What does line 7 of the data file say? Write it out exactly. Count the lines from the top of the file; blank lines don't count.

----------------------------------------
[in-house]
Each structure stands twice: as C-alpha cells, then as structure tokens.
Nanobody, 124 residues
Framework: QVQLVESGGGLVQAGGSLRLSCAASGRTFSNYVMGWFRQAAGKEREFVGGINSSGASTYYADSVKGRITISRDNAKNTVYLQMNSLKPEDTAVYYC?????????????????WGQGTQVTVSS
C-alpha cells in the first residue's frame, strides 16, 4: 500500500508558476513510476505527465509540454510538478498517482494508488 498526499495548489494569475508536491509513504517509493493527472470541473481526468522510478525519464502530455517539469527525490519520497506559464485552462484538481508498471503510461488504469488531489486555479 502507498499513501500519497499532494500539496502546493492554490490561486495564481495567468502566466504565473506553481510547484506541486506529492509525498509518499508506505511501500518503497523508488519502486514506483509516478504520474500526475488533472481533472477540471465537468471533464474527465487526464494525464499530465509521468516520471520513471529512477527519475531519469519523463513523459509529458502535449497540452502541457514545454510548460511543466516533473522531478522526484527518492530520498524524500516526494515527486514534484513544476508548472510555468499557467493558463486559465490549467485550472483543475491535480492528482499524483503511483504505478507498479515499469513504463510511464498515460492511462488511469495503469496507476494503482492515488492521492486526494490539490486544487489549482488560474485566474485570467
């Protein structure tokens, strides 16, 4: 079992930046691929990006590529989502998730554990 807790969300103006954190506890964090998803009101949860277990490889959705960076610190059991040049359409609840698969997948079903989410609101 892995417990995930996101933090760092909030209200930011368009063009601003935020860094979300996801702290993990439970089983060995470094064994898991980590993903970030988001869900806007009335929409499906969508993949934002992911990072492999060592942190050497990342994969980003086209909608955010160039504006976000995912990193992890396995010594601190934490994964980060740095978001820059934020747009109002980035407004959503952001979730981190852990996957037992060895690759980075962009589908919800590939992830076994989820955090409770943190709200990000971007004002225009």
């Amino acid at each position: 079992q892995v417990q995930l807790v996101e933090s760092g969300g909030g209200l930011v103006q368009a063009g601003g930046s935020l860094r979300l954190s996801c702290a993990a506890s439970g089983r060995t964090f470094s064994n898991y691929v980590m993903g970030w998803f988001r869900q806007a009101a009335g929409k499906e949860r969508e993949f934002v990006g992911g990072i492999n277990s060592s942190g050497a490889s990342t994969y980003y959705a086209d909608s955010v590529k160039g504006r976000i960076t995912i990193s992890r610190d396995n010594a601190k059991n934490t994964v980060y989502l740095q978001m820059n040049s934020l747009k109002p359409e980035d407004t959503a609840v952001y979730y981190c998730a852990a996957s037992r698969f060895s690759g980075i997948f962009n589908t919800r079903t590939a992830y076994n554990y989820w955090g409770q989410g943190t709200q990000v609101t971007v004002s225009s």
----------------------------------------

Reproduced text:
């Amino acid at each position: 079992q892995v417990q995930l807790v996101e933090s760092g969300g909030g209200l930011v103006q368009a063009g601003g930046s935020l860094r979300l954190s996801c702290a993990a506890s439970g089983r060995t964090f470094s064994n898991y691929v980590m993903g970030w998803f988001r869900q806007a009101a009335g929409k499906e949860r969508e993949f934002v990006g992911g990072i492999n277990s060592s942190g050497a490889s990342t994969y980003y959705a086209d909608s955010v590529k160039g504006r976000i960076t995912i990193s992890r610190d396995n010594a601190k059991n934490t994964v980060y989502l740095q978001m820059n040049s934020l747009k109002p359409e980035d407004t959503a609840v952001y979730y981190c998730a852990a996957s037992r698969f060895s690759g980075i997948f962009n589908t919800r079903t590939a992830y076994n554990y989820w955090g409770q989410g943190t709200q990000v609101t971007v004002s225009s």